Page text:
new challenges for moral neuroenhancement
First invented in 1921, polygraph, also known as the lie detector, is a machine that has been used mainly in criminal trials, but not without controversy. In the past few years, however, and thanks to the recent interest in detecting lies through neuroimage analysis methods, like functional MRI-based lie detection, the government and public confidence in such devices' results was found to have increased: examples include national security, job recruitment procedures, and divorce disputes. However, much less attention has been paid to detection of self-lies. The reasons are several and discussed in this paper. In the conclusions I defend that new phenomenological and neuropsychological approaches to inauthentic experiences might provide applicable keys for the understanding and detection of self-lies. Besides, I study the potential applications of self-lie detectors not only for criminal, mercantile, or therapeutic purposes but also to enhance moral life. Some ethical horizons and controversies are considered in the last part of this work: among the most important ones, first, the problem of self-lie detection in the context of postmodern notion of "post-truth" and, second, the dilemma between truth and free will – the second being the preferred option for Western postmodern taste. Is there a place for self-lie detectors in the virtual age? Or on the contrary, could it be used to help reversing such cultural trending?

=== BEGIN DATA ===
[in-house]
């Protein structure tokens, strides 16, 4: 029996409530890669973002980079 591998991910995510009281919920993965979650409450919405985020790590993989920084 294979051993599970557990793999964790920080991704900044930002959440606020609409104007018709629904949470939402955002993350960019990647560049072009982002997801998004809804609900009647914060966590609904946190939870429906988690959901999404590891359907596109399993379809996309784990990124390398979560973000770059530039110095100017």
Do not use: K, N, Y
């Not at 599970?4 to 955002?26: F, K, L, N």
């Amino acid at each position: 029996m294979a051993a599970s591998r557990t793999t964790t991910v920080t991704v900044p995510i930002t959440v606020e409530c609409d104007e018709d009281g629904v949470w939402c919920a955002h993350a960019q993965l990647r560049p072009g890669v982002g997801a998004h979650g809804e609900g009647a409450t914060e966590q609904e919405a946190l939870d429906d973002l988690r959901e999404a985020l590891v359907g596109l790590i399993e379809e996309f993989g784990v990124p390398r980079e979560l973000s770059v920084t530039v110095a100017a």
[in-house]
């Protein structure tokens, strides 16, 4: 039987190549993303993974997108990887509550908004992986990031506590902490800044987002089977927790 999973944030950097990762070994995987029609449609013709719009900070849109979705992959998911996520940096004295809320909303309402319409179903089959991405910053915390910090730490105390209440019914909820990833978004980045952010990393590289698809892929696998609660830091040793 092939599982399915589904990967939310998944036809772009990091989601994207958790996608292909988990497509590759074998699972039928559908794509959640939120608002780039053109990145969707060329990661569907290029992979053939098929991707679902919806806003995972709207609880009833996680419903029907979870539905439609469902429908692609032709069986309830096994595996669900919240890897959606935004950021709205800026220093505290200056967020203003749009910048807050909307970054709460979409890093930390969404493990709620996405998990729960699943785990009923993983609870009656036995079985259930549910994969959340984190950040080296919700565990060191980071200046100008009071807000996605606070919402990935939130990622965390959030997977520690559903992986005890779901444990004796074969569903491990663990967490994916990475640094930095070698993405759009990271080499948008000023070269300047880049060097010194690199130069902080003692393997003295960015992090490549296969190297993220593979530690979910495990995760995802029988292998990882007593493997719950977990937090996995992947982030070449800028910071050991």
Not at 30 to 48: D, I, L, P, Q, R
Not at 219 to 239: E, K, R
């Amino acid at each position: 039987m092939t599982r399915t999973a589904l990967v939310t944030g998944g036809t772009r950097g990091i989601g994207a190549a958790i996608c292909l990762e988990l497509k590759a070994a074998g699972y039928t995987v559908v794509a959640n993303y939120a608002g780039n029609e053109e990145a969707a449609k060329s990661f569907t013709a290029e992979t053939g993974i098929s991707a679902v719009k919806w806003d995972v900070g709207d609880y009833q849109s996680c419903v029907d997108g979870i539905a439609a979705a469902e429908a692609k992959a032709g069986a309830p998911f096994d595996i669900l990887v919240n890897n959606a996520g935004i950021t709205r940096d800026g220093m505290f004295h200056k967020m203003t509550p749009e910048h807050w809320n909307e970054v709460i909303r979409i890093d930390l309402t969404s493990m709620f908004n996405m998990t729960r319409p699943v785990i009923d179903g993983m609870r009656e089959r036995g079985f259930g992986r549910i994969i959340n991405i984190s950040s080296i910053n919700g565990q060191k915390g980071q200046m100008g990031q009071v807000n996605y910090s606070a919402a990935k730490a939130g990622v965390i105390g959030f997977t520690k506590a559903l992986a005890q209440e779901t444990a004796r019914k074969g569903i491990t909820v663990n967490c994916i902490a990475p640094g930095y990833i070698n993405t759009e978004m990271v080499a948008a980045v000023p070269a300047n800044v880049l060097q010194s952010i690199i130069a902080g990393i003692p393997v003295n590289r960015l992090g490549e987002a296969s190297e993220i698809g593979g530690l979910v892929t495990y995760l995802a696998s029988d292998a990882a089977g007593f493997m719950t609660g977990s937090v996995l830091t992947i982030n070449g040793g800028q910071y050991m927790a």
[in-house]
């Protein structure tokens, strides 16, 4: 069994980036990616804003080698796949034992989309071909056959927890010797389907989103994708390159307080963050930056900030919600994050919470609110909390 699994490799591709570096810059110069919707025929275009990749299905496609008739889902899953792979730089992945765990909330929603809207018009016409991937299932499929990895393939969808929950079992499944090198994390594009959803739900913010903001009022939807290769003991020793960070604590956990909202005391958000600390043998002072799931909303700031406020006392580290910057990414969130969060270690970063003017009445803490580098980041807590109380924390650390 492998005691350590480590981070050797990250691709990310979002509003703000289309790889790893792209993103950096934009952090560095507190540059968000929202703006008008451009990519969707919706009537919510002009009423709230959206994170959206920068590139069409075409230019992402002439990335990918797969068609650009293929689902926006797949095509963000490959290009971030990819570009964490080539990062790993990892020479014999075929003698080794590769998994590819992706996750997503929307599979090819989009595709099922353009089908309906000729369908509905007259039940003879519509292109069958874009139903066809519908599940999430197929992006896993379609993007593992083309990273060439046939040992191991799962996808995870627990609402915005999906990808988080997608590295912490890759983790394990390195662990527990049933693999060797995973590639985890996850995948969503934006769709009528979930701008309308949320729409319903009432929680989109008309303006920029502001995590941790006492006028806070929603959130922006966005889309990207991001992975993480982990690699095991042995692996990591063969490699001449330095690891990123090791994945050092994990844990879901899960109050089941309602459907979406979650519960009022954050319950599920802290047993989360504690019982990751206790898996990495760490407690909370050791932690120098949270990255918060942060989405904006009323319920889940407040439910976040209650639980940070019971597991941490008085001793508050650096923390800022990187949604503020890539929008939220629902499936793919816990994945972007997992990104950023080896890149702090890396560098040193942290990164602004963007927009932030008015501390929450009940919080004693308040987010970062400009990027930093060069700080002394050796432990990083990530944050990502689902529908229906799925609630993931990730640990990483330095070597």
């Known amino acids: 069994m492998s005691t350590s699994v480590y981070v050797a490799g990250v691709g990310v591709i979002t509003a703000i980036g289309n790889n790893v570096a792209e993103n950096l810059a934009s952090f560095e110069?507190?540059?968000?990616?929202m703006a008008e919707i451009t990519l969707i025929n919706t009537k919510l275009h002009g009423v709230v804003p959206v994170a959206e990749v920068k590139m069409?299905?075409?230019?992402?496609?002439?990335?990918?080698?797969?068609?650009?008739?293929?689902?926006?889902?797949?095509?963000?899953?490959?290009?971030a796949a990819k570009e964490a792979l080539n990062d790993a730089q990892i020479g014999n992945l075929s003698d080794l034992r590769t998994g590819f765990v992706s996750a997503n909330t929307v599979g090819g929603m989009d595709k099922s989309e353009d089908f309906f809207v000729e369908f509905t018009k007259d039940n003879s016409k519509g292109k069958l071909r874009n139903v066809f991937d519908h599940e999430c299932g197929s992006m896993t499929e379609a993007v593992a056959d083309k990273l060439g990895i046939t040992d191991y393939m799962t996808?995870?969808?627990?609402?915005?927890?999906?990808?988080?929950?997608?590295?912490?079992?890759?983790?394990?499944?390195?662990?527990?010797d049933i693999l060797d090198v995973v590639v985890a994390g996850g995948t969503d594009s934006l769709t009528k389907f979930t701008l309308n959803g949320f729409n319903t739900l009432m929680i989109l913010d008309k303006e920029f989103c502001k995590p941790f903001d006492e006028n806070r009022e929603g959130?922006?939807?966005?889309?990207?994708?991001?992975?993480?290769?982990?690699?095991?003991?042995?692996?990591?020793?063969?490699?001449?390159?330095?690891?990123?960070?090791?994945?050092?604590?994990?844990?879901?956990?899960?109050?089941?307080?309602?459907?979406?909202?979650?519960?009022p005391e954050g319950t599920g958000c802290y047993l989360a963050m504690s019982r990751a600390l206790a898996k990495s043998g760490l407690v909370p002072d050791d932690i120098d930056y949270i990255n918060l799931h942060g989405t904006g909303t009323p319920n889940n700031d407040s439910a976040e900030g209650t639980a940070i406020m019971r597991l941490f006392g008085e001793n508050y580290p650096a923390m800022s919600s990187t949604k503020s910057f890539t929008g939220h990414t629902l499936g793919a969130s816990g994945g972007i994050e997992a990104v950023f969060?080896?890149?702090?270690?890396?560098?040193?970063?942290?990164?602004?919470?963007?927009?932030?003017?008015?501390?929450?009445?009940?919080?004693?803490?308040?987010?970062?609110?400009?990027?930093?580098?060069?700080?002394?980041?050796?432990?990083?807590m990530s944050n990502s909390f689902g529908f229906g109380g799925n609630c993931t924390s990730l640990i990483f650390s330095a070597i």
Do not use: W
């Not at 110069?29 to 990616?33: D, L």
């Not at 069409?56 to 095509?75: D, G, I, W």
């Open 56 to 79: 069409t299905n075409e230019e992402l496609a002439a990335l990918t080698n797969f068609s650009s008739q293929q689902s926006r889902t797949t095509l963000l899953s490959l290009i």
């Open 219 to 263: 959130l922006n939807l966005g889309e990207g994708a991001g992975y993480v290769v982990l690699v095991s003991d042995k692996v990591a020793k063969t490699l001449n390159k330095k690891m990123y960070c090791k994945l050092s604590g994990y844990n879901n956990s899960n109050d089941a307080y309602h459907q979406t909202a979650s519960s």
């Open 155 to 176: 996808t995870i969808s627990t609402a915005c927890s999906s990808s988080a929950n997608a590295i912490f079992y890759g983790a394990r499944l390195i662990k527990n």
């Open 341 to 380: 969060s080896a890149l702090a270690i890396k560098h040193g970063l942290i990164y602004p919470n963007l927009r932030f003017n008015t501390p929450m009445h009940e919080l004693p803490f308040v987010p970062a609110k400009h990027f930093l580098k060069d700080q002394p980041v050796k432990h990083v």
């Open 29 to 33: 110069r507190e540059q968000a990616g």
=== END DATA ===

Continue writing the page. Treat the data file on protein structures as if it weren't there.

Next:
Echarte, L. E. (2019)., Self-lie detection: new challenges for moral neuroenhancement, in H. L. . Mesones arroyo (ed.), Psychiatry and neuroscience update, Dordrecht, Springer, pp. 43-52.
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